I'm not sure if you're agreeing or disagreeing. That's precisely my point: Google, for example, gets tens of thousands of applications. Their acceptance rate is incredibly low.

> The results come from products you did not solely produce.

Sure, but I don't see how that detracts from the fact that you can see meaningful rewards for your work in corporate life.


I'm pretty sure the acceptance rate for those applying for jobs at retailers such as Best Buy are lower than the admission rates of many top graduate programs so the acceptance rate only tells part of the story. The barrier to even apply for these graduate programs is significantly higher and very self selecting.


>> False. Do you even know how many people apply online to Uber, Slack, Facebook, and Google? More than the entire population of flagship state universities.

> I'm not sure if you're agreeing or disagreeing. That's precisely my point: Google, for example, gets tens of thousands of applications. Their acceptance rate is incredibly low.

I spoke with an engineer (a PhD) and a recruiter at a recent USENIX conference; they stated Google gets much more than tens of thousands of applications (a factor of ten more than what you stated). I'm not sure if they meant applica_tions_ or unique applica_nts_.


A PhD is super fun and super hard. But it is key to be realistic about the outcomes. It is a life changing experience, but definitely have a plan for the end of it. There are so few academic tenure jobs and so it pays to do a bit of research on what you want at the end off it beyond just academic life. If you can do that the experiences are amazing, learning to think and work at the higher level and learning to compromise and work through others work is utterly refreshing. It is definitely a space to let yourself really explore thinking and researching.


> A PhD is super fun

Experiences differ. A lot. Personally, I had an awful time during my PhD, and between the penury and the toil and the bleak prospects afterward, I'd say you're definitely in the minority on this one.

I wouldn't recommend a PhD to anyone who isn't dead set on a job that requires one.


> Personally, I had an awful time during my PhD, and between the penury and the toil and the bleak prospects afterward, I'd say you're definitely in the minority on this one.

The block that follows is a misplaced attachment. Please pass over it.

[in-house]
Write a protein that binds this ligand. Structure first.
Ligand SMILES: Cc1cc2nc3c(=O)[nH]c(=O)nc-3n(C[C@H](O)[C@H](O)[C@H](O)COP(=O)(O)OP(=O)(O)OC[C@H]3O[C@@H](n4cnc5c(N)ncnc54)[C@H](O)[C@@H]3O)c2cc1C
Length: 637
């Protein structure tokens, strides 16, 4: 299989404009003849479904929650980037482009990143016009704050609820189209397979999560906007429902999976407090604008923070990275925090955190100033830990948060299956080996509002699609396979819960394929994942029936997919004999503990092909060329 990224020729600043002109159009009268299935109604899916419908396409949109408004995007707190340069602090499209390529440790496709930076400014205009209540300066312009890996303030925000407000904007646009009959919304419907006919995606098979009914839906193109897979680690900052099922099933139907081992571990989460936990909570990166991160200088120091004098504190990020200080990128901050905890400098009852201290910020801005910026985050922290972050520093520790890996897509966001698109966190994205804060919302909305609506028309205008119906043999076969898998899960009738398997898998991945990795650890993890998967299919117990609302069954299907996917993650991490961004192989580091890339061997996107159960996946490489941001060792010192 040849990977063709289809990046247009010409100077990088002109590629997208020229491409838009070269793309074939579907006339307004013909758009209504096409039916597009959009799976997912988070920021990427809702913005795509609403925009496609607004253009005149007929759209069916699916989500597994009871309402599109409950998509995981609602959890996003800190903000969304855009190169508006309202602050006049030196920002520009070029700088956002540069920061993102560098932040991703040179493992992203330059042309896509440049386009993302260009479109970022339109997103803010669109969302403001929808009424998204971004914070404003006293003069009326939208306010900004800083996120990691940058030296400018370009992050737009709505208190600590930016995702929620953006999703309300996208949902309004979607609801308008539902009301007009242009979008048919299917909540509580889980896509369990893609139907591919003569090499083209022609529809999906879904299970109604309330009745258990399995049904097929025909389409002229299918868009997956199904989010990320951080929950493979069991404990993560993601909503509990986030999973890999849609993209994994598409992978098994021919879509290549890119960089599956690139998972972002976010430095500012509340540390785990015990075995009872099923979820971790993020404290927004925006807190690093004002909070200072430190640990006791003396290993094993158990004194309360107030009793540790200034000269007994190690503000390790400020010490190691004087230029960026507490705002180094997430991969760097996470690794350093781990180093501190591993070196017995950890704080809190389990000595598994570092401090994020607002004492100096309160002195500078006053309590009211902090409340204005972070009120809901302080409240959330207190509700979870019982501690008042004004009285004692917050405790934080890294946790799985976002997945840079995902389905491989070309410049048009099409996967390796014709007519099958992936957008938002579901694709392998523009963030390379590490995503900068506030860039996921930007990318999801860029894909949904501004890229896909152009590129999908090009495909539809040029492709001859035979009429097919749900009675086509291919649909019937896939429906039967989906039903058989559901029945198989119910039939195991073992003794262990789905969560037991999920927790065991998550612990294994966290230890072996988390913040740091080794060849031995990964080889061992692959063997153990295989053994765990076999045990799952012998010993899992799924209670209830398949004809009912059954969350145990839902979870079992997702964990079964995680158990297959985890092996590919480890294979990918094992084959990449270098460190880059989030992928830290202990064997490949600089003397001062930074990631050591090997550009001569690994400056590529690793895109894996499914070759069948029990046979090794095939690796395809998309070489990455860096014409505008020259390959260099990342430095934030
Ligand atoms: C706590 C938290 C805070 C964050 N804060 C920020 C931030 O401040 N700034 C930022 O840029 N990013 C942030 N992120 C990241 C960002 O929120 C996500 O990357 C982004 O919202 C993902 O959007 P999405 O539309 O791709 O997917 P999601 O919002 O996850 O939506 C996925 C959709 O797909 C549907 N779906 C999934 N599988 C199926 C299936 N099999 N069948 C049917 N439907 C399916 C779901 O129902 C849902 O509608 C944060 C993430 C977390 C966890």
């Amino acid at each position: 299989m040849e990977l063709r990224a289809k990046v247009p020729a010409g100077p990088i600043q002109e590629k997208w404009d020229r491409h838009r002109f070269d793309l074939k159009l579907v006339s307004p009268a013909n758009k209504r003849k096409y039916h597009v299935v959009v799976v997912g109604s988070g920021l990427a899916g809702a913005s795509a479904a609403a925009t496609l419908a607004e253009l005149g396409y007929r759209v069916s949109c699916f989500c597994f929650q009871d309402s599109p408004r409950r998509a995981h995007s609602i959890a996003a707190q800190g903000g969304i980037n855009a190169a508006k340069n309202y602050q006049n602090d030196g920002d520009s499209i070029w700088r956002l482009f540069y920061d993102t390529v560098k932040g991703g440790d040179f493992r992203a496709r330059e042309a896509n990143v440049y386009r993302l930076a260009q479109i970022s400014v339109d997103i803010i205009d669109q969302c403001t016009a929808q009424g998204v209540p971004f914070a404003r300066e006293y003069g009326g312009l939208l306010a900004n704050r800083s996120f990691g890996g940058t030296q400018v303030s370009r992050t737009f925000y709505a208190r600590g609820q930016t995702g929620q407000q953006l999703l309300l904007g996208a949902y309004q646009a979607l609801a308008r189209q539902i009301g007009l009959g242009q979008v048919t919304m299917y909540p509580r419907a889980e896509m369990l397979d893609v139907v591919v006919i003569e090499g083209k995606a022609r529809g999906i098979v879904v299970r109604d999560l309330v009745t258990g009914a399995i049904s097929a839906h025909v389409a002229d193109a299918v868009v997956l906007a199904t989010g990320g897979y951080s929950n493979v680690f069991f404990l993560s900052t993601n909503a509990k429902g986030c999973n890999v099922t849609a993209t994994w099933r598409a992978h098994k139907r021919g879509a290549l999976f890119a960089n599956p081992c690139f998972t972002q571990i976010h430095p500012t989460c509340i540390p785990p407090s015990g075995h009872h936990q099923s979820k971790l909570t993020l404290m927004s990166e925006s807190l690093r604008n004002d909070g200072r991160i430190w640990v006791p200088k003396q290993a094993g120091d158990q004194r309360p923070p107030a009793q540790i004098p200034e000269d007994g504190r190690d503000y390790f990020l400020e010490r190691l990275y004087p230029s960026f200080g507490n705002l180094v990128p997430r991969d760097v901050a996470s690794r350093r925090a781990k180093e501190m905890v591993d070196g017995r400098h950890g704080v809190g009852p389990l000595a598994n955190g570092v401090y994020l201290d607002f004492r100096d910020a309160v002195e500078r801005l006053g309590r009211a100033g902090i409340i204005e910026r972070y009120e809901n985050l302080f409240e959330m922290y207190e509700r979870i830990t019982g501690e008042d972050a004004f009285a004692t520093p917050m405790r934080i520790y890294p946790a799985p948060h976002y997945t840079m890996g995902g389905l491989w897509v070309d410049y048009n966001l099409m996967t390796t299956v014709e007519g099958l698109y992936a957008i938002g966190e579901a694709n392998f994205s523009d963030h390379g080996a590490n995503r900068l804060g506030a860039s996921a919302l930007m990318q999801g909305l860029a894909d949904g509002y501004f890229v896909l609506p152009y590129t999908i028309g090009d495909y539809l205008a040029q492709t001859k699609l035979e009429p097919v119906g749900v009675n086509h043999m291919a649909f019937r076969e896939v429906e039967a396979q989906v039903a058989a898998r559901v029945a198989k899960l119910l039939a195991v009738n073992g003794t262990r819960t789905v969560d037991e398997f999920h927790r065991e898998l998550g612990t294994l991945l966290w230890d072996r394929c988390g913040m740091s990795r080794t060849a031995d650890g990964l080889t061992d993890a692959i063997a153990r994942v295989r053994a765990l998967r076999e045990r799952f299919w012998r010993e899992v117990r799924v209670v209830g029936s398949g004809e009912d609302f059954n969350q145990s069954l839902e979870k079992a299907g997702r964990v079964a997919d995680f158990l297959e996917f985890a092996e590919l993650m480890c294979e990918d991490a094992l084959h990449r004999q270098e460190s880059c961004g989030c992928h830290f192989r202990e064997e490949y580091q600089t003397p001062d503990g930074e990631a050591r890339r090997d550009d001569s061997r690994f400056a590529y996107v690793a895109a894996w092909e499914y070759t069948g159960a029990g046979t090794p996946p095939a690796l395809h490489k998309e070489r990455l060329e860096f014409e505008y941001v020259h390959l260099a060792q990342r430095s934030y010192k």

Do you have any evidence for the minority claim beyond the personal anecdote? Also, this is field dependent, so a mention of the field could be helpful.


> Do you have any evidence for the minority claim beyond the personal anecdote?

As a second anecdote, I've never met anyone who's said getting their PhD was fun. (My building is ~95% PhDs from a range of different disciplines)


My claim is based on my own experience as a CS PhD student and my conversations with other graduate students within the department and outside it during my studies. Christ, there was so much bitching. And it consisted of the kind of grim complaints I never heard during undergrad days or later on the job.

That said, CS PhDs are pretty lucky. The worst case fallback position of a job as a software developer isn't bad. It gets much worse for less commercial disciplines. God help the poor blighter with a PhD in Medieval Literature who doesn't snag an academic post.


Yes... the two languages requirement is A LOT easier in technical field than in the humanities. Try being fluent or functionally fluent for an exam in two human, spoken, academic languages vs learning a couple of programming languages. At least that was the experience I had. Learning enough French and German to read and write in French and German at the PhD level was absolutely soul destroying whereas now that I have had several normal business jobs and been asked to learn various programming languages as part of the work was basically... easy by comparison. A few jobs in software development are rapidly becoming the "webmaster" of our time.


Good point. I did a PhDs in the humanities even though I am from a technical background. Had a great time.


I just finished my PhD in CS. Took me about 7 years, damn it feels good to be done.

Mine experience was completely driven by my choice of advisor. He did not push me and therefore I had complete freedom. I was glad to have the funding through him, but did not get much direction. I did almost everything.

And while it took me 7 years to complete, I don't look back on the experience as only "getting my Phd". I learned so much about myself; I traveled around the world; I received my private pilots license; I learned about cars; I played a lot of golf; I had a great time. There were some shitty times where I had to push through, but I have no regrets. Most of my friends are buying houses and having kids, so I'm a little behind on my career/savings. But hey, I have three degrees in a pretty good field and my career is full steam ahead.



>Over time you’ll develop a vocabulary of good words and bad words to use when writing papers. Speaking about machine learning or computer vision papers specifically as concrete examples, in your papers you never “study” or “investigate” (there are boring, passive, bad words); instead you “develop” or even better you “propose”. And you don’t present a “system” or, shudder, a “pipeline”; instead, you develop a “model”. You don’t learn “features”, you learn “representations”. And god forbid, you never “combine”, “modify” or “expand”. These are incremental, gross terms that will certainly get your paper rejected :).